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Finding Passion on the Fly

At Think Brilliant we constantly work towards achieving a healthy work/life balance. It is a fundamental characteristic baked into the culture of the company, and it makes working here a true joy.

Fly

Outside of work my personal passion is fly-fishing. Having been fortunate enough to experience tremendous fly-fishing around the world, there are some key similarities between how I approach the sport and how I approach my professional life.

Whether it is a personal characteristic, functional hardware, software or organizational skills, you need the right tools to get the job done well. I strive to do whatever I can to acquire the very best tools to not only make my job easier, but also more efficient and profitable. From fly-rods to computers, there is a huge difference between capable and outstanding. That is why I fish the rods, reels and lines that I do. It’s also why I bought an Apple Macbook Pro, because performance matters.

I won’t go too far into the tangible hardware and software that is necessary for me to excel in both fly-fishing and business, because I want to share the intangible characteristics of what I feel I have learned from fishing that I see in successful business people across the globe.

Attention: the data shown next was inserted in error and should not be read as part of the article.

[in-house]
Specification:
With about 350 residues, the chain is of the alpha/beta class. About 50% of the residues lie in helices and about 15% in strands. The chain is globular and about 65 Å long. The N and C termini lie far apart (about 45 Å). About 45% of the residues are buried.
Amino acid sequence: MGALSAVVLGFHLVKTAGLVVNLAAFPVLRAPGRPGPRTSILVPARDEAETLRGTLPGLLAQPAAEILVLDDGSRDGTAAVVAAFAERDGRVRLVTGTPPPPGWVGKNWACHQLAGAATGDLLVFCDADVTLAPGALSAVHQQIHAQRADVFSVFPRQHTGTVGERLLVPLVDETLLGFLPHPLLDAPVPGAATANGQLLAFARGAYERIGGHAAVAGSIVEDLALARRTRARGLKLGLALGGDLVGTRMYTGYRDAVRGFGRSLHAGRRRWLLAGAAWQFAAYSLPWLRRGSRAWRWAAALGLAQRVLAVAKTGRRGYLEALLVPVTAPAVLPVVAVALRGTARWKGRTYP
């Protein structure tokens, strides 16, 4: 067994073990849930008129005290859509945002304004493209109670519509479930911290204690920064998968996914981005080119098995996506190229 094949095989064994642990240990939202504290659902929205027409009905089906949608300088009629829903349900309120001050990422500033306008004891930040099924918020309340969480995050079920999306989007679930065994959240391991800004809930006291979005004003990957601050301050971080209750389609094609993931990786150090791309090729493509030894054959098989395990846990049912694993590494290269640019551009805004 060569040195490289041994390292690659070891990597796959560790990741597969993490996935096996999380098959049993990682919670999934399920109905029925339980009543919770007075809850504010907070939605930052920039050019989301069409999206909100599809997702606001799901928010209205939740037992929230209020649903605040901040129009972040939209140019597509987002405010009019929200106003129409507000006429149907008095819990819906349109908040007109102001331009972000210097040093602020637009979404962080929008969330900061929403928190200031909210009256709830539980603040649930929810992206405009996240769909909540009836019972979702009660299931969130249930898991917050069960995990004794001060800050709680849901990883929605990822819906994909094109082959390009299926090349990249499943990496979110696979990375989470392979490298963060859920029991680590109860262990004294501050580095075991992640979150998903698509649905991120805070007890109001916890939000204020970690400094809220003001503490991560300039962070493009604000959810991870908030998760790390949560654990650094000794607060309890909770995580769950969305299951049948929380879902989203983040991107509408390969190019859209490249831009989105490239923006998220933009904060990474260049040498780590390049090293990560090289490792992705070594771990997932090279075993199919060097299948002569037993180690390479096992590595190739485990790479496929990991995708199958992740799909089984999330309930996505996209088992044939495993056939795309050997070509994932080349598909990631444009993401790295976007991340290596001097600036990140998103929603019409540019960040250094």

Inspiration:

If you are not inspired by what you do or the people you do it with, you should analyze what it is that you do. There is a big difference between complacency and inspirational actions.

Perseverance/Fortitude:

As the famous quote goes “If you don’t succeed, try again.” I can’t tell you how many days I have sat in a cold river without catching or even seeing a fish! It’s frustrating, but by no means is it an indication of what can happen the next time you go out. If anything it’s a learning experience, and you have to take any good out of it that you can. Mastering tasks/programs and being successful in business doesn’t happen overnight.

Humility:

You aren’t perfect, face it. Fish-less days happen and so do sub-par work days. If you can’t accept when you aren’t perfect, you most certainly can’t handle the repercussions. Taking constructive criticism is a very big part of advancing in your career and is something that you need to learn how to deal with.

Modesty:

As with fishing, folks generally look down on the person who not-so-subtly embellishes the size and number of fish they catch. I respect the person who can give you a fair diagnosis of their situation and say that it will only improve tomorrow.

Patience:

This goes without question and is the most obvious when you talk about fishing. Good things take time. Don’t jump to conclusions and don’t do anything without taking the time to look at every single aspect. You have to be nimble and flexible on the spot. Jumping into decisions without any background knowledge normally brings on a whole new set of problems. Do your due diligence and make the best decision you possibly can given the amount of time you have.

Rationalization: